# Similar Triangle Theorem in the Incommensurable Case

The following is a geometry theorem whose proof is examinable in the Irish 'High School' Exam.

Let $\Delta ABC$ be a triangle. If a line $L$ is parallel to $BC$ and cuts $[AB]$ in the ratio $s:t$, then it also cuts $[AC]$ in the same ratio.

The proof required is the commensurable case and appeals to a previous theorem: If three parallel lines cut off equal segments on some transversal line, then they will cut off equal segments on any other transversal.

I have been struggling to find the 'standard' proof in the incommensurable case (i.e. without using continuity). I have a proof that I want to compare with the 'standard' (I use an area argument to show that similar triangles are enlargements of each other and work from there). I have tried and failed to find it online, the closest I've come is p. 30 of http://www.gutenberg.org/files/17384/17384-pdf.pdf --- but note that I want to define two triangles as similar if they have equal angle measures and this assumes something different.

Any help would be greatly appreciated.

EDIT: This is my own proof:

Theorem Let $\Delta ABC$ be a triangle and $DE$ be a line segment such that $DE\parallel BC$ as shown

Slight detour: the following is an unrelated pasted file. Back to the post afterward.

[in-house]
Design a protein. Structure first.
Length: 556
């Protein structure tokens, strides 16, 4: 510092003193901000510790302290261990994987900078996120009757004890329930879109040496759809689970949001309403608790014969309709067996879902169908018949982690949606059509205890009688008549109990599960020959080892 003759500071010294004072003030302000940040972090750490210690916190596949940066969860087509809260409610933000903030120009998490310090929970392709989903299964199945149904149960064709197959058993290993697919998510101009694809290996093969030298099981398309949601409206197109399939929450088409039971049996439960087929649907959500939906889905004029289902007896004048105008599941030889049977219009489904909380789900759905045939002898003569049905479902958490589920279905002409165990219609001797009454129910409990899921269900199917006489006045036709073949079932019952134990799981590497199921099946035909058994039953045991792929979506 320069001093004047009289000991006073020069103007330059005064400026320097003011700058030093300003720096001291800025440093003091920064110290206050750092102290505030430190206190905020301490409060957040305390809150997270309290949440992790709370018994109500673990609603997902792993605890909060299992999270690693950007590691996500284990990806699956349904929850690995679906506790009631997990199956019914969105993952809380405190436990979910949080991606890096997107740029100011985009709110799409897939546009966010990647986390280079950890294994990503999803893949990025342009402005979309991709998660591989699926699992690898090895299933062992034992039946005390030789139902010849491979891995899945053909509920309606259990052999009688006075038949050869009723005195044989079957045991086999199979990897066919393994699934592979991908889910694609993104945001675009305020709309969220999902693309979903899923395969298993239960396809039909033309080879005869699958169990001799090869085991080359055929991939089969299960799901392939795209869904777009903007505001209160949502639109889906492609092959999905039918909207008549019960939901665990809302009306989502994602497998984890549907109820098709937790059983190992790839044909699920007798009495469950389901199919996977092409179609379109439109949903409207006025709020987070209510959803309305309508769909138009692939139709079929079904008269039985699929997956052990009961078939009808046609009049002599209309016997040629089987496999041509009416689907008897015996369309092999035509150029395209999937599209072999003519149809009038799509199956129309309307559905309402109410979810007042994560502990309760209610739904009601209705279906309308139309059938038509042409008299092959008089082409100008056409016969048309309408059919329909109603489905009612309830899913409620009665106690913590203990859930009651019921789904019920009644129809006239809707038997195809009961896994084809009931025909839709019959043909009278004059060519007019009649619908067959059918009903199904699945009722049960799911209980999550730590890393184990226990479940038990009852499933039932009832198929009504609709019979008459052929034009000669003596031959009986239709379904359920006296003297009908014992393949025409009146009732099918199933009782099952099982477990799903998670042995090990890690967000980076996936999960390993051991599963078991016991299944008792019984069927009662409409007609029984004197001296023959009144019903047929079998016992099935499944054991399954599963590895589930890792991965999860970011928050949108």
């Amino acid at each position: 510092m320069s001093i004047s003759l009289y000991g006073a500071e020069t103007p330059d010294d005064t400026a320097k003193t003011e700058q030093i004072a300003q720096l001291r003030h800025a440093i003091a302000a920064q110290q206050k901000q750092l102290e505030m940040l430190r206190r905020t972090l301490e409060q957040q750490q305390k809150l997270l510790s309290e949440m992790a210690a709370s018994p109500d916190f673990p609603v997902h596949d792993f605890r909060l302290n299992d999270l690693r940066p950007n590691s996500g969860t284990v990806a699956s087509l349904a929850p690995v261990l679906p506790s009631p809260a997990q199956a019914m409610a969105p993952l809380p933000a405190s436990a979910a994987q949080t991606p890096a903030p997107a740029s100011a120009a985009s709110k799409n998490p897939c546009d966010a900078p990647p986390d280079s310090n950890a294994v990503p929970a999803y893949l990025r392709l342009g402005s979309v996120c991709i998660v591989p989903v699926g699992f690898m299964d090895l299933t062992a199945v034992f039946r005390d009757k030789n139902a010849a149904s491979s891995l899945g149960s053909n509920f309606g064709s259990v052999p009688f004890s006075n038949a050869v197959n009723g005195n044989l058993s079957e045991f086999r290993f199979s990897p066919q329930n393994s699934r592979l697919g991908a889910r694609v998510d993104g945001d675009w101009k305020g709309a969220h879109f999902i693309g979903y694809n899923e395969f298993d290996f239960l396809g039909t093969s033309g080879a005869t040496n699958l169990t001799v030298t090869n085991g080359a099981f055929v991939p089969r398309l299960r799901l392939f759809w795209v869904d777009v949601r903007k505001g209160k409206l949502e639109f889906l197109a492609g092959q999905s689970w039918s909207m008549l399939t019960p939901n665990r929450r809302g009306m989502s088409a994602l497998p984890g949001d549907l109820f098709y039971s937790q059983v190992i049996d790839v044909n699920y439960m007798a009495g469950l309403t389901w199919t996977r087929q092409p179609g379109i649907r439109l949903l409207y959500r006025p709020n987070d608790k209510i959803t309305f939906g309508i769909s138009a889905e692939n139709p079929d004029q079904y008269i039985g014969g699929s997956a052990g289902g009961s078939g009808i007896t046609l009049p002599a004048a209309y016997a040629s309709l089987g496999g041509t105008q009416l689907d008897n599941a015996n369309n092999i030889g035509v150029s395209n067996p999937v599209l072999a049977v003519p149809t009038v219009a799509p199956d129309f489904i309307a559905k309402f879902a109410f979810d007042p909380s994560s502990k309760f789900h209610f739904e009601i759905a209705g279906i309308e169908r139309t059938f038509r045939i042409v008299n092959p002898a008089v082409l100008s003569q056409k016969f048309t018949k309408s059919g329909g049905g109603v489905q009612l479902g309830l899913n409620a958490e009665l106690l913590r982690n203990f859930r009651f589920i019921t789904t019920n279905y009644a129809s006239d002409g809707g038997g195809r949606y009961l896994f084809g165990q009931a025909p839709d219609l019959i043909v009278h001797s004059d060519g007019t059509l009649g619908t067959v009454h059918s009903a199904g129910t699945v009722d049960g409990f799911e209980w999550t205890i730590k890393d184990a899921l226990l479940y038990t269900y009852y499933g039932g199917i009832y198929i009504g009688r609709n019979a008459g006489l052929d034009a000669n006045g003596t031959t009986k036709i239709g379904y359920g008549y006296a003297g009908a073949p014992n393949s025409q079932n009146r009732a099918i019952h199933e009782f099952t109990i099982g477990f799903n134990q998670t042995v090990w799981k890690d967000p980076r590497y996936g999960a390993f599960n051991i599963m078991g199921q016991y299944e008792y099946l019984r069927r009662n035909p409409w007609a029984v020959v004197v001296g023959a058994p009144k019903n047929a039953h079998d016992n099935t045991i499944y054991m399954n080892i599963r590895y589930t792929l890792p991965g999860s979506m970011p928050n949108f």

Then $$\frac{|AD|}{|BD|}=\frac{|AE|}{|CE|}.$$

Clearly we can reduce to the case of a right-angled triangle.

Lemma 1: Suppose $\Delta ABC$ is similar to triangle $\Delta A'B'C'$ and suppose further that both of a right-angle at $B$. Then if $|A'B'|=k|AB|$ then $|B'C'|=k|BC|$; i.e. similar triangles are equivalent modulo enlargement.

Proof of L1: Suppose without loss of generality that $|AB|<|A'B'|$ so $k>1$. Hence we can place $\Delta ABC$ inside $\Delta A'B'C'$ as shown:

Suppose $|B'C'|=\alpha|BC|$. Now we compute the area of $\Delta A'B'C'$ in two different ways:

$$\text{area}(\Delta A'B'C')=\frac1{2}|A'B'||B'C'|=\frac1{2}k\alpha |AB||BC|.$$

Also, $$\text{area}(\Delta A'B'C')=\text{area}(\Delta ABC)+\text{area}(\Delta CEC')+\text{area}(BCDB')$$ $$=\frac1{2}|AB||BC|+\frac{1}{2}|CD||DC'|+|BC||BB'|.$$

Note that

$$|CD|=|BB'|=|A'B'|-|AB|=(k-1)|AB|\text{ , and}$$ $$|DC'|=|B'C'|-|BC|=(\alpha-1)|BC|.$$ Hence $$\text{area}(\Delta A'B'C')=\frac1{2}|AB||BC|+\frac1{2}(k-1)|AB|(\alpha-1)|BC|+(k-1)|AB||BC|.$$ Now set these two equal: $$\frac1{2}k\alpha |AB||BC|=\frac1{2}|AB||BC|+\frac1{2}(k-1)|AB|(\alpha-1)|BC|+(k-1)|AB||BC|,$$ $$\Rightarrow k\alpha =1+(k-1)(\alpha-1)+2(k-1),$$ $$\Rightarrow k\alpha=1+\alpha k-k-\alpha+1+2k-2,$$ $$\Rightarrow \alpha=k\,\,\,\bullet$$

Lemma 2: Suppose $a,\,b>0$. Then the only positive solutions to $$\frac{a+x}{b+y}=\frac{a}{b}$$ occur when $x/y=a/b$

Proof: $$\frac{a+x}{b+y}=\frac{a}{b}\Leftrightarrow ab+bx=ab+ay\Leftrightarrow \frac{x}{y}=\frac{a}{b}\,\,\,\bullet$$

Proof of Theorem: Take $\Delta ABC$ to be a right-angled triangle and translate $CE$ to $D$ to form $DF$ as shown $(*)$:

Now $\Delta ADE\sim \Delta BDF$ so by Lemma 1 $$|AD|=k|BD|\text{ and }|DE|=k|BF|,$$ $$\Rightarrow \frac{|AD|}{|BD|}=\frac{|DE|}{|BF|}\,\,(**).$$ Now by Pythagoras: $$|AE|^2=|AD|^2+|DE|^2\text{ and }|CE|^2\underset{(*)}{=}|BD|^2+|BF|^2,$$ $$\Rightarrow \frac{|AE|^2}{|CE|^2}=\frac{|AD|^2+|DE|^2}{|BD|^2+|BF|^2}\underset{(**)\text{ and Lemma 2}}{=}\frac{|AD|^2}{|BD|^2}\,\,\bullet$$